Even if you think that Rafael “Ted” Cruz has a face only a mother could love or that he is conservative evil incarnate, any review of his legal career shows that it was nothing short of brilliant.
Cruz graduated cum laude from Princeton University with a Bachelor of Arts in Public Policy in 1992. While at Princeton, he won the top speaker award at both the 1992 U.S. National Debating Championship and the 1992 North American Debating Championship.
Cruz next graduated magna cum laude from Harvard Law School in 1995. While at Harvard Law, he was a primary editor of the Harvard Law Review, and executive editor of the Harvard Journal of Law and Public Policy, and a founding editor of the Harvard Latino Law Review.
Supreme Court Clerkship & George W. Bush Advisor
After law school, Cruz served as a law clerk to J. Michael Luttig of the United States Court of Appeals for the Fourth Circuit in 1995 and Chief Justice William Rehnquist of the United States in 1996. Cruz was the first Hispanic American to clerk for a Chief Justice of the United States. Both Judge Luttig and Justice Rehnquist were giants of the conservative legal bench. These prestigious clerkships at the Circuit Court level and U.S. Supreme Court are just about the plummiest any law school graduate could possibly get.
After a brief one-year stint as a law firm associate, Cruz joined the George W. Bush presidential campaign in 1999 as a domestic policy adviser. Cruz devised strategy and drafted pleadings for the Bush v. Gore case during the 2000 Florida presidential recounts.
After George W. Bush took office, Cruz served as an associate deputy attorney general in the U.S. Justice Department and as the director of policy planning at the U.S. Federal Trade Commission.
Back in Texas — Solicitor General
Cruz then returned to his home state of Texas to serve as Solicitor General of Texas from 2003 to 2008. As Solicitor General, Cruz was the state’s chief appellate lawyer. He was also the youngest, the first Hispanic, and the longest-serving, solicitor general in Texas history. As Solicitor General, Cruz argued before the Supreme Court of the United States nine times, winning five cases and losing four.
As Solicitor General Cruz aggressively looked to involve his office in conservative issues, and took on cases defending the public display of the Ten Commandments and the words “under God” in the Pledge of Allegiance, fighting to expand the death penalty to people who rape children, and defending the state’s Republican-drawn congressional districts. In some cases, such as the Heller gun dispute case from Washington, D.C., Texas had little or no direct interest. In Medellin v. Texas, Cruz also successfully defended the State of Texas against an attempt to re-open the cases of Mexican nationals whom were convicted of murder in the United States and were on death row.
According to the L.A. Times, Cruz was criticized by some of his subordinates for a propensity for putting his cowboy boots on their desks, and forcing them to stare at his heels instead of his face as they talked. They also disputed his campaign claim of having “authored more than 80 Supreme Court briefs,” saying he left the unglamorous legal writing to others.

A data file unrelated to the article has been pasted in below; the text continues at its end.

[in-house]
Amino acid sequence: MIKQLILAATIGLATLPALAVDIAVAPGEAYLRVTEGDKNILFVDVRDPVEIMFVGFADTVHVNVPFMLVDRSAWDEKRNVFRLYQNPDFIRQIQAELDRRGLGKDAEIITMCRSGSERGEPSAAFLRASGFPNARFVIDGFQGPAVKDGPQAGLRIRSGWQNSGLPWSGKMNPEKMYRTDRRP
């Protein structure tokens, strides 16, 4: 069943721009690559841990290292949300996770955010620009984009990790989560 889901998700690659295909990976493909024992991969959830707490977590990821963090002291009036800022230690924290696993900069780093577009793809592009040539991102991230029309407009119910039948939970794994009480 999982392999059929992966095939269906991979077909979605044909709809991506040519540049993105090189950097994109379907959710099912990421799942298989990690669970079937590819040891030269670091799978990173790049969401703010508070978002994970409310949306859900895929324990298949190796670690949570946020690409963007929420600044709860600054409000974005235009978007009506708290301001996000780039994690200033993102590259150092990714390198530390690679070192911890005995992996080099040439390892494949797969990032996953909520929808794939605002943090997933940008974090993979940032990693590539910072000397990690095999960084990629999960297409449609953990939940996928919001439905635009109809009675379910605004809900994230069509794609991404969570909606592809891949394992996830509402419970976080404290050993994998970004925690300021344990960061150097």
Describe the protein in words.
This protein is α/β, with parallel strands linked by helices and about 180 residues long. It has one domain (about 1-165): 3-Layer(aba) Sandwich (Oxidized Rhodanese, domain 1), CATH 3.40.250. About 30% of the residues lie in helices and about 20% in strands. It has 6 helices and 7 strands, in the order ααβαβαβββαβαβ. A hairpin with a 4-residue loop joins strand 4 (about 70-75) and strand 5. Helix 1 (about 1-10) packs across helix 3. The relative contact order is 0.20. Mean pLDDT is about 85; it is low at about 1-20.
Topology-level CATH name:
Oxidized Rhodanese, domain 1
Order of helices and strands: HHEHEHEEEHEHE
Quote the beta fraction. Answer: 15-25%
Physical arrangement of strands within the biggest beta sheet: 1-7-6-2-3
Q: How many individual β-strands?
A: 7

From 2004 to 2009, Cruz also taught U.S. Supreme Court litigation at the University of Texas School of Law in Austin.
Private Practice for Corporate Clients
After leaving the Solicitor General position in 2008, Cruz worked in private practice as a Partner at Morgan, Lewis & Bockius LLP. There he led the firm’s U.S. Supreme Court and national Appellate Litigation practice. In one case, Cruz represented a Chinese tire company, which was accused of conspiring to steal an American company’s proprietary mining tire designs. Some have questioned Cruz’s choice of cases as being contrary to conservative principles, but lawyers at big law firms seldom get to pick and choose their clients.
The U.S. Senate
In 2012, in what was considered a huge upset fueled by grassroots support, Cruz was elected the first Hispanic American to serve as a U.S. senator representing Texas, and is one of three Senators of Cuban descent. As a U.S. Senator, Cruz has sponsored the following legislation:
- a bill to repeal the Patient Protection and Affordable Care Act and the health-care related provisions of the Health Care and Education Reconciliation Act of 2010.
- a bill to prohibit the use of drones to kill citizens of the United States within the United States.
- bills to investigate and prosecute felons and fugitives who illegally purchase firearms, and to prevent criminals from obtaining firearms through straw purchases and trafficking.
- a bill to permit States to require proof of citizenship for registering to vote in federal elections.
- a bill to increase coal, natural gas, and crude oil exports, to approve the construction of the Keystone XL Pipeline, and to expand oil drilling on and offshore.
- a bill to give states the sole power of regulating hydraulic fracturing, to repeal the Renewable Fuel Standard, and to prohibit the Environmental Protection Agency (EPA) from regulating greenhouse gases.
- a bill that would eliminate all limits on direct campaign contributions to candidates for public office.
- a bill that would allow the President of the United States to deny visas to any ambassador to the United Nations who has been found to have been engaged in espionage activities or a terrorist activity against the United States or its allies and may pose a threat to U.S. national security interests.
Lawsuits Contesting Cruz’s Eligibility to Run for President
Cruz’s substantial legal talents may come in handy in the slew of lawsuits that have been filed to contest his eligibility to run or serve as President over the question of his “natural born” U.S. citizenship. While some of those lawsuits have been dismissed, Cruz still faces open cases in other states such as … Texas!
What do you think of Ted Cruz? Does he have any chance of beating Trump?